During the first week of April, DiEM25 in the Netherlands was present at the Roger Waters concerts at Ziggo Dome in Amsterdam to promote the Free Assange campaign of the Free Assange Wave, Assange Defence, as well as our own. We were stationed at the entrance hall with a table with posters and flyers. Waters had also invited the BDS Movement to come promote the Palestinian cause, and they had their stand at the other side of the hall.
As mentioned in our previous article, for Roger Waters the line between art and activism has never been a stark one, if it has even existed at all. His latest tour – ‘This is not a drill‘ – however, has been perhaps more related to activism than his previous ones, and this has not gone unnoticed.
At the beginning of every concert of this tour, Waters makes it very clear that his political views are an integral part of his art and those not interested in that may as well “f*** off to the bar right now”. It was therefore not surprising that the feeling his concert gave off was that of a very strong political message, while also being very entertaining and enjoyable. In other words, there was a balance between the ‘show’ and the ‘message’, as DiEM25 member Mikko explains in a more detailed and contextualised account through a recent blog post.
One of the most powerful moments of the concert was the performance of ‘Powers that be’. The song lyrics speak of the misuse of power by the oligarchs – a rather timeless narrative. The animation and texts on the screen, however, contextualised the song within the contemporary struggles of, among others, Iranian women like Masha Amini, and African Americans like George Floyd, as well as other victims of state violence.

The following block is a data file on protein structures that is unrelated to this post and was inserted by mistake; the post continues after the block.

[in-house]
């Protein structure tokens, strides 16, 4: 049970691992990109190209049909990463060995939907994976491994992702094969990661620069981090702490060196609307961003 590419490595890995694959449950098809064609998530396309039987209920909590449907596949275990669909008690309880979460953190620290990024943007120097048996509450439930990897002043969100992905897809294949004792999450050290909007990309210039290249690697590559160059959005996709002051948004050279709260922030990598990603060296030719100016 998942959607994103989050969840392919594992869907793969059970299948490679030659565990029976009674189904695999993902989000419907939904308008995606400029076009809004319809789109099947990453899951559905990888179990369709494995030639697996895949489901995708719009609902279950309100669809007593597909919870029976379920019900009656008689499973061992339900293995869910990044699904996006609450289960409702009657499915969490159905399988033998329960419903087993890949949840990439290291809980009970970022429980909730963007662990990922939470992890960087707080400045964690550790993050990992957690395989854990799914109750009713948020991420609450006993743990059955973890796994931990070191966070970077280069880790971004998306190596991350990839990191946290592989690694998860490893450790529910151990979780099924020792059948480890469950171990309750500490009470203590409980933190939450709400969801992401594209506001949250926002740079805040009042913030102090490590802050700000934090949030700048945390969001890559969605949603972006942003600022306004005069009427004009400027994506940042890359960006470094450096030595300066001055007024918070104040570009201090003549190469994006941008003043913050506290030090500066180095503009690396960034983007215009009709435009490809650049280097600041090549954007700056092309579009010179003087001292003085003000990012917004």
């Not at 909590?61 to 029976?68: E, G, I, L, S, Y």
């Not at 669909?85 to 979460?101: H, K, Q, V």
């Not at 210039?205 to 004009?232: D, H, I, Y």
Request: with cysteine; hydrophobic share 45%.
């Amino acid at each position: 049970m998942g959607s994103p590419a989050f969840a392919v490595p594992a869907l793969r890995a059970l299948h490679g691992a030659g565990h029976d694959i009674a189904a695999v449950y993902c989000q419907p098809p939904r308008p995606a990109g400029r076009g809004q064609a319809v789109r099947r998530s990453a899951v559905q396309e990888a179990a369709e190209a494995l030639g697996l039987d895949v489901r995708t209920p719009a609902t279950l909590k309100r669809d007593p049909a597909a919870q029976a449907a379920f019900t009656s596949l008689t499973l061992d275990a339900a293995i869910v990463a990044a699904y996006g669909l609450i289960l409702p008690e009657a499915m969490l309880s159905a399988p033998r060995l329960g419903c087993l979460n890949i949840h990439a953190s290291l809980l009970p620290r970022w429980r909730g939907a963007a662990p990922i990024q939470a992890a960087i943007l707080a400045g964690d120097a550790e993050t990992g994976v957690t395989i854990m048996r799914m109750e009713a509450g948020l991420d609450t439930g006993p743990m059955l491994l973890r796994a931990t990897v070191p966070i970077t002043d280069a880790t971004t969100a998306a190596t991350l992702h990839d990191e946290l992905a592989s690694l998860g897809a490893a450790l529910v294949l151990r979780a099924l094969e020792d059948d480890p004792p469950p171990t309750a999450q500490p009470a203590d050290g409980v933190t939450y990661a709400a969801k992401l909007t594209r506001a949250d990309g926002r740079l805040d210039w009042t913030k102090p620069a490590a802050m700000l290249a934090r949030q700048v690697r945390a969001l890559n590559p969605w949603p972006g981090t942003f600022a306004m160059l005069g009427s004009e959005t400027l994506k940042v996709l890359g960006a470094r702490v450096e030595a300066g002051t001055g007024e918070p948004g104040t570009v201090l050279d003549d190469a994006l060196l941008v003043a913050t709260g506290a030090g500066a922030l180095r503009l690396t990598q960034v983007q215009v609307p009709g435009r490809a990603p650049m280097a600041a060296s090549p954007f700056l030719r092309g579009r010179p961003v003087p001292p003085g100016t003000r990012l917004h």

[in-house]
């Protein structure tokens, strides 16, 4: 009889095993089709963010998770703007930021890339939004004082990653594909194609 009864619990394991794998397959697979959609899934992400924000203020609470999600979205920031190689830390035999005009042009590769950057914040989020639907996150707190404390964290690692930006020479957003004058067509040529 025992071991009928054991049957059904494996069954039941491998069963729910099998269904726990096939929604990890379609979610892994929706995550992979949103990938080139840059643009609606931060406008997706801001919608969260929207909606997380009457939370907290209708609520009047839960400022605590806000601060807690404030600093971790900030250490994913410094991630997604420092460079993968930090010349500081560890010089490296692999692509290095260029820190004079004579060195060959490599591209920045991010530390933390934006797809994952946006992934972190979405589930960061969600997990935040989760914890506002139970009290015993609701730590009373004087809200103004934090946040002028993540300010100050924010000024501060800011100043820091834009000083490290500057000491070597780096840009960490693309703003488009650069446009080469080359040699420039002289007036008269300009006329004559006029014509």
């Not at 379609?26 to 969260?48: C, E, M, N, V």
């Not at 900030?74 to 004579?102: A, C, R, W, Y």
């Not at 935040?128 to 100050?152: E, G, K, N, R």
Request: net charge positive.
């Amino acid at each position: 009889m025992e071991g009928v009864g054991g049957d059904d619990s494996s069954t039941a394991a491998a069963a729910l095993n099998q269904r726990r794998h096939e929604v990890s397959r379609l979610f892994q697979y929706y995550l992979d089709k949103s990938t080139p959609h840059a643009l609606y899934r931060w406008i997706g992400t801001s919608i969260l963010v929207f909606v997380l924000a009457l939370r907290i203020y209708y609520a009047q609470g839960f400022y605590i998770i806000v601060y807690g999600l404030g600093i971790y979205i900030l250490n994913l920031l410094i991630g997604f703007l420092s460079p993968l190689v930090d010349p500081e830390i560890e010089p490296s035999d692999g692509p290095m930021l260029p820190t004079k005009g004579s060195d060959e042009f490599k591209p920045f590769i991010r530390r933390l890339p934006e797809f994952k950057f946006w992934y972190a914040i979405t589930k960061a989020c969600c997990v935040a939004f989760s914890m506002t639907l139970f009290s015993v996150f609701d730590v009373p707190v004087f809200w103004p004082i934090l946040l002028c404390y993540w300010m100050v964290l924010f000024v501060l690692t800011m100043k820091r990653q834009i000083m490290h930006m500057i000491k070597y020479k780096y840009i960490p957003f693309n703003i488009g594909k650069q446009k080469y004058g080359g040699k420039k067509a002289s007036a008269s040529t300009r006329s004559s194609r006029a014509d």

It was interesting to observe the reception of Waters’ activist message during the event. The audience was largely made up of Waters’ generation and, in general, not very interested in the political side of his art. Of the 17,000 fans, only a handful came to our ‘Free Assange’ stand. We don’t know whether the activists of the BDS movement on the other side had better success. However, the stories shown on the screens and juxtaposed with the music did solicit some response from the audience.
This is always the challenge of activism through the arts. Artistic experience happens in a moment that may include some deeper socio-political messaging. Art – especially music – is, however, capable of inducing an experience independently of the message. We saw this very clearly, as the concert goers were not particularly more open to our message after hearing it from Roger Waters himself.
American sociologist W. E. B. Du Bois famously said: “All art is propaganda and ever must be, despite the wailing of the purists.”
Art always makes a statement of some kind about the world around it. It may be an engaging statement, calling for action, or just an observation. It is ultimately the receiver – viewer or listener – of the artistic expression that responds to it in a particular way. There’s also the subliminal part of the experience, which may surface much later in a realisation regarding something that was part of the art work. All this is to say that we shouldn’t draw too hasty conclusions from the above described audience responses to the political messaging during Roger Waters’ tour – on and offstage.
The Assange debacle, but especially the Palestinian situation, have endured a long time with no imminent solution in sight. Hopefully the tens of thousands of people Waters’ message reaches during his tour helps change sentiments regarding these, and the many more issues he touches, and helps us towards a better world.
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